Formation Systems Inc.Westborough, Mass.

Dec. 21, 2004
Formation WorkBench formula management software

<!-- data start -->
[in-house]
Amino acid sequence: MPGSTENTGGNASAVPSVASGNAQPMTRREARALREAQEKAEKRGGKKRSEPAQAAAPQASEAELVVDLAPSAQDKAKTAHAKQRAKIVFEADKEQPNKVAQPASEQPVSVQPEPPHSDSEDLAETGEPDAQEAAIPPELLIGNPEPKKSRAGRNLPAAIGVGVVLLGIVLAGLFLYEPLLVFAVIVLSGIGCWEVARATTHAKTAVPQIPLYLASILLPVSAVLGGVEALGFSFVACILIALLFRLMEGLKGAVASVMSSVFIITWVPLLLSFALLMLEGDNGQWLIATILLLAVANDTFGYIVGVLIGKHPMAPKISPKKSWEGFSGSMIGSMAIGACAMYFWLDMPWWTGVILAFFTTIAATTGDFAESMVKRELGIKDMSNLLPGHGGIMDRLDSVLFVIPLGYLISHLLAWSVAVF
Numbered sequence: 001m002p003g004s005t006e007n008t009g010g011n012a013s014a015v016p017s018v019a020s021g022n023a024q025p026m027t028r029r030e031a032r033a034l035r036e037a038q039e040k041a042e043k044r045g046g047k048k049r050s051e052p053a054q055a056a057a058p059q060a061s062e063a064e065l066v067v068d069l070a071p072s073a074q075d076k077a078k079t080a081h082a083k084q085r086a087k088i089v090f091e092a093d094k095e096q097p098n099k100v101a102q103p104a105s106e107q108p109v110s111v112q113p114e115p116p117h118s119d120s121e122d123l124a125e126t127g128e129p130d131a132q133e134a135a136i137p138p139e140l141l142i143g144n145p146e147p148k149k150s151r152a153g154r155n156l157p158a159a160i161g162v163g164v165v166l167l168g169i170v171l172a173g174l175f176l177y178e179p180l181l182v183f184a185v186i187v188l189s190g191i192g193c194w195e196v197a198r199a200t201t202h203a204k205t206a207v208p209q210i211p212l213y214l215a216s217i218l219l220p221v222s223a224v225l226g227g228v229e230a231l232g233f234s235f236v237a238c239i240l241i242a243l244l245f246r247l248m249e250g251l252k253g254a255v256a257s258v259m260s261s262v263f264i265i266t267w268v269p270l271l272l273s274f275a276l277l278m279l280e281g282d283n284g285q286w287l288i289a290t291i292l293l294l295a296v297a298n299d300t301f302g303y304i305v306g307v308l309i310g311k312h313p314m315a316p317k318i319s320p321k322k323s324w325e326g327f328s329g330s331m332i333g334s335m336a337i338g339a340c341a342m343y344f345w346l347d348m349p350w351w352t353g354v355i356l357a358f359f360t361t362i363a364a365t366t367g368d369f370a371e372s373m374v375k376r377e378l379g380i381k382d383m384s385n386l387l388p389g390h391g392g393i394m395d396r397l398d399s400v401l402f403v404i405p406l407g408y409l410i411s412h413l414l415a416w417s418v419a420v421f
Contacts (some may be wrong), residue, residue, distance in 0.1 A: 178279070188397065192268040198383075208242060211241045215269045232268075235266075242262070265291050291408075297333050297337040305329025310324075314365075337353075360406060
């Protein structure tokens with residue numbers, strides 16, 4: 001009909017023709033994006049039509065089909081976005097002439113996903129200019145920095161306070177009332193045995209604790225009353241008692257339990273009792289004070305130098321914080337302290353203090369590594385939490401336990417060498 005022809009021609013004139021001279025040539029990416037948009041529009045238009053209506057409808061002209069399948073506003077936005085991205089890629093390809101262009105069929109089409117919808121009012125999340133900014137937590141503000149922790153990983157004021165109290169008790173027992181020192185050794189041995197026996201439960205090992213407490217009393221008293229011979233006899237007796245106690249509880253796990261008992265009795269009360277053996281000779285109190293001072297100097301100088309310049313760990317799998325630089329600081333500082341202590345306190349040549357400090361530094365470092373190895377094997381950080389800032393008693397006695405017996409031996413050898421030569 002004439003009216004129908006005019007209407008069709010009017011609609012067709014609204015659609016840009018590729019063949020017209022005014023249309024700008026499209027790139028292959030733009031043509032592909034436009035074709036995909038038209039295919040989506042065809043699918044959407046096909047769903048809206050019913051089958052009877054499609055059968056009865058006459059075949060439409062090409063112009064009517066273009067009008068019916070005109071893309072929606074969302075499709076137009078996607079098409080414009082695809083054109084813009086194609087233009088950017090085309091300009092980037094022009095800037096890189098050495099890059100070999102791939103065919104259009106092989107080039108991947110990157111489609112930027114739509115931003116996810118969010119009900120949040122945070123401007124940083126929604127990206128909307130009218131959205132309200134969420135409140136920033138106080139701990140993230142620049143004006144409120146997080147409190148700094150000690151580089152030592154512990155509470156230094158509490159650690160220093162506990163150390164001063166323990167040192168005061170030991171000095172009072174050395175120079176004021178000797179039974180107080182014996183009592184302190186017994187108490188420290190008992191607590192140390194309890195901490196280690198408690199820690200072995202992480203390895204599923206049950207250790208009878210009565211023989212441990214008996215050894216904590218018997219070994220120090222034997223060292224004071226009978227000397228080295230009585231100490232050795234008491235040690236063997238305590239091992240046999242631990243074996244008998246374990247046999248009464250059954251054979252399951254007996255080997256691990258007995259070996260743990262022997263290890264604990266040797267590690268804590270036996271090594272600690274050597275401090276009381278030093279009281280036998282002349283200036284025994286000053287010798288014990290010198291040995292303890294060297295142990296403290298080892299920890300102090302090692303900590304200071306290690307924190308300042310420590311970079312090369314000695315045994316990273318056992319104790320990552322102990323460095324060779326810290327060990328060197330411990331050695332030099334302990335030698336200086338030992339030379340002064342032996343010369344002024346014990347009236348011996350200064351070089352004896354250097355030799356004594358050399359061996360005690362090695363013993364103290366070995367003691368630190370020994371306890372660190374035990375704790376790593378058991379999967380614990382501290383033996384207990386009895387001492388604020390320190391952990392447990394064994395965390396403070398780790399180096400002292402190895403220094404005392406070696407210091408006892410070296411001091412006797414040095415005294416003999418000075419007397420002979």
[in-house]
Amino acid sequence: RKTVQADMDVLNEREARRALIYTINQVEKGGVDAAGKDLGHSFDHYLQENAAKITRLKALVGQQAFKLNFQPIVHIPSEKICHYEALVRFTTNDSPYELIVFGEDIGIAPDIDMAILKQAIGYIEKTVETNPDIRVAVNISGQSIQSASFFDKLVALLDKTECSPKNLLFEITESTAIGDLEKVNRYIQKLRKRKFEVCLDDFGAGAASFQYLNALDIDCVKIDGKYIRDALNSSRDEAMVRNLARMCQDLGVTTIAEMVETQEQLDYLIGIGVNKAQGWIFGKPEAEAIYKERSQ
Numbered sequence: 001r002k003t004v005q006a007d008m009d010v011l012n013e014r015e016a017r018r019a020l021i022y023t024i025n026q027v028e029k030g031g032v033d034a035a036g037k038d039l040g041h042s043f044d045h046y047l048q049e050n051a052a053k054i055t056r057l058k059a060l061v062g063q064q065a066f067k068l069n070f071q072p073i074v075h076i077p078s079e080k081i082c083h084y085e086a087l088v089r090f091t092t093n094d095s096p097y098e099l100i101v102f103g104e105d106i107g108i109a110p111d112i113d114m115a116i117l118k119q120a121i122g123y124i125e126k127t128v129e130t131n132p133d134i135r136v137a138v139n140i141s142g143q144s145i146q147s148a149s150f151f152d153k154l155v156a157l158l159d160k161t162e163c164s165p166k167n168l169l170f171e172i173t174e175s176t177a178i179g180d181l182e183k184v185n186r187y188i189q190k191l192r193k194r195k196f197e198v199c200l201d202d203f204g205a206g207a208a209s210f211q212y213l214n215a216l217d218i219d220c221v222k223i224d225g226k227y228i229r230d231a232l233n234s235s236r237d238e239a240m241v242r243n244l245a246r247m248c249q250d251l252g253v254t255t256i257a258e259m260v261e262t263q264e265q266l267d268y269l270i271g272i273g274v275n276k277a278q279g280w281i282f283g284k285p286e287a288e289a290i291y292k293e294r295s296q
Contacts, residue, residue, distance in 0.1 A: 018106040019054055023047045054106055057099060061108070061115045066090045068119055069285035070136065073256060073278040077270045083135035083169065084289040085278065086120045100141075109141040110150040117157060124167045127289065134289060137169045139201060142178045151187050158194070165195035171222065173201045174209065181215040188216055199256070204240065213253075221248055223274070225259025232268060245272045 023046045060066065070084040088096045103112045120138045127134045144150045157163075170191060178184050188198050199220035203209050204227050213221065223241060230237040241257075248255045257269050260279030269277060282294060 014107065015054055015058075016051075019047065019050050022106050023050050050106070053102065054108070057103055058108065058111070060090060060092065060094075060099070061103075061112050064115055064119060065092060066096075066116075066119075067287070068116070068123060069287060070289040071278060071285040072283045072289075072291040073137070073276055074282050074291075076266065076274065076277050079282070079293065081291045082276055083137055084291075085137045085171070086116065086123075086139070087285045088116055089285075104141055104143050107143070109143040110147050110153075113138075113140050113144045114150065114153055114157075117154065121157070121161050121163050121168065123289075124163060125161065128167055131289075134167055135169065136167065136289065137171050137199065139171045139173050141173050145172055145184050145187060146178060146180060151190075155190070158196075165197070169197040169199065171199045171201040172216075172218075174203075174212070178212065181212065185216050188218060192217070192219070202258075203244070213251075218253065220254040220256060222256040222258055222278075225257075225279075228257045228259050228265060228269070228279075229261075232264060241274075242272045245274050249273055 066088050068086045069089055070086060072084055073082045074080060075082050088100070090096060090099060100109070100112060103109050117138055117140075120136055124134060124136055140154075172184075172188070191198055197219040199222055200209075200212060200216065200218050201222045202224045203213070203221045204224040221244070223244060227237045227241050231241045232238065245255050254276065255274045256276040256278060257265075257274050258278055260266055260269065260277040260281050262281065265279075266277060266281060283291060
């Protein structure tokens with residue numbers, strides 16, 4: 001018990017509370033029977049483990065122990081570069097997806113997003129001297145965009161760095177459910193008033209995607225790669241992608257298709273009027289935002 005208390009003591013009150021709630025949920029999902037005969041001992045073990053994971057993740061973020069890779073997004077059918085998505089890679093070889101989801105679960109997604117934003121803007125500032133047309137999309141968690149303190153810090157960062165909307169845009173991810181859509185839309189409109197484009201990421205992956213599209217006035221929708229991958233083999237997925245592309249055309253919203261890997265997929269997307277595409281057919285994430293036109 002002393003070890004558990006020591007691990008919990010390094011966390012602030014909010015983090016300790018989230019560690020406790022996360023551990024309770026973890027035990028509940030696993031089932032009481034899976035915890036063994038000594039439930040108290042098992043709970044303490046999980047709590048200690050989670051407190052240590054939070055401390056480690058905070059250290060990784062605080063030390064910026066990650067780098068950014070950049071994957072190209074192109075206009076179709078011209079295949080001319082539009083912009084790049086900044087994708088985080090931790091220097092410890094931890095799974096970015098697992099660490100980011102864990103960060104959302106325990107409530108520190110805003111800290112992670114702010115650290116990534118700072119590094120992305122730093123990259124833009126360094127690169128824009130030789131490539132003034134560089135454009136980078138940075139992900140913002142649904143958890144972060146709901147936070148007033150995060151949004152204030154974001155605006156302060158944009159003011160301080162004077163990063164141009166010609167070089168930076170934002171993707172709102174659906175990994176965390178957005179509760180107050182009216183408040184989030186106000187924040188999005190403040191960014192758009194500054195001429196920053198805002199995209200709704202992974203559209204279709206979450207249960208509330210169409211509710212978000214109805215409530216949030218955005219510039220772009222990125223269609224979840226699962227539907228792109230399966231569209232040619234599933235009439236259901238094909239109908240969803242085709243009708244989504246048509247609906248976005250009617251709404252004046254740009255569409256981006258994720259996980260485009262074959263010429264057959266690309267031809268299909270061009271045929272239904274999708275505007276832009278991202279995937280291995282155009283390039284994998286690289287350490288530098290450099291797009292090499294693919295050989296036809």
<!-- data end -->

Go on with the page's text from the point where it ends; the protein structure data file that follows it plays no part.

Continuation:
Doug Bartholomew, Samuel Greengard, Glenn Hasek, John Jesitus, Scott Leibs, Kristin Ohlson, Robert Patton, Barb Schmitz, Tim Stevens, and John Teresko contributed to this article. Can product-development solutions do as much for the process industries as they have for discrete manufacturing? That's a daunting challenge considering the need -- 50% of the world's manufacturing capacity requires specific formulas and formula management. It is a need that Formation Systems is targeting with its Formation WorkBench product. The software is designed for the chemists who typically could only rely on intuition, experimentation, and guesswork to manage variables to create the consistent products from their continuous and batch-type processes. That's because water and other resources differ from one locale to another. Even temperature can play a role in creating a different taste or look with the same ingredients. And if a company wants to create an entirely new product -- such as a candy bar or paint -- there's no easy way to tap into an existing database to use existing information. But now a solution is in hand. WorkBench can take the guesswork out of creating and managing complex chemical formulas. Formation says WorkBench is the first product in an entirely new class of software called computer-aided formulation. It offers many of the same benefits to the manufacturing process that CAD/CAM systems bring to design -- including the ability to exchange research data through an intranet, the tracking of multiple versions of formulas, and the use of the computer to compensate for variations in ingredients. "It allows a company to leverage existing information and solve complex problems," explains Peter Shields, president and CEO. Using Windows 95 or NT, a chemist can sort through hundreds of existing formulas, make changes and tweak the formula in the computer, and instantly see the results. With the PC handling all of the calculations, preproduction can be reduced from two or three days to a couple of hours. Consider, for example, a company that wants to create a new chocolate-chip cookie and sell it in 20 countries. Chemists can plug in the formulas for all existing cookies and view all ingredients on tabs at the bottom of the program. It's then possible to add or subtract ingredients by dragging objects across the screen and instantly see the results. If a thicker or darker cookie is wanted, the chemist searches the database and finds formulas that match the particular criteria. And if cost reduction is the issue, the program can show how to reach that goal -- though it can't factor in taste. "The program doesn't replace a chemist -- it simply allows the person to do his or her job more productively," says Steve Phelan, vice president and principal consultant. "It transforms what used to be an art into a science," explains Bill Swanton, director of research at Advanced Manufacturing Research, a Boston firm that provides analysis for the manufacturing sector. "It eliminates what used to be a trial-and-error process that required elaborate spreadsheets. For years, this has been a thorn in the side of industry. People have tried to attack the problem with little or no success." In addition to improving the manufacturing process, Workbench also helps companies comply with complex environmental laws. It can find an appropriate substitute for an ingredient banned in a particular state or country while retaining the integrity of the product.

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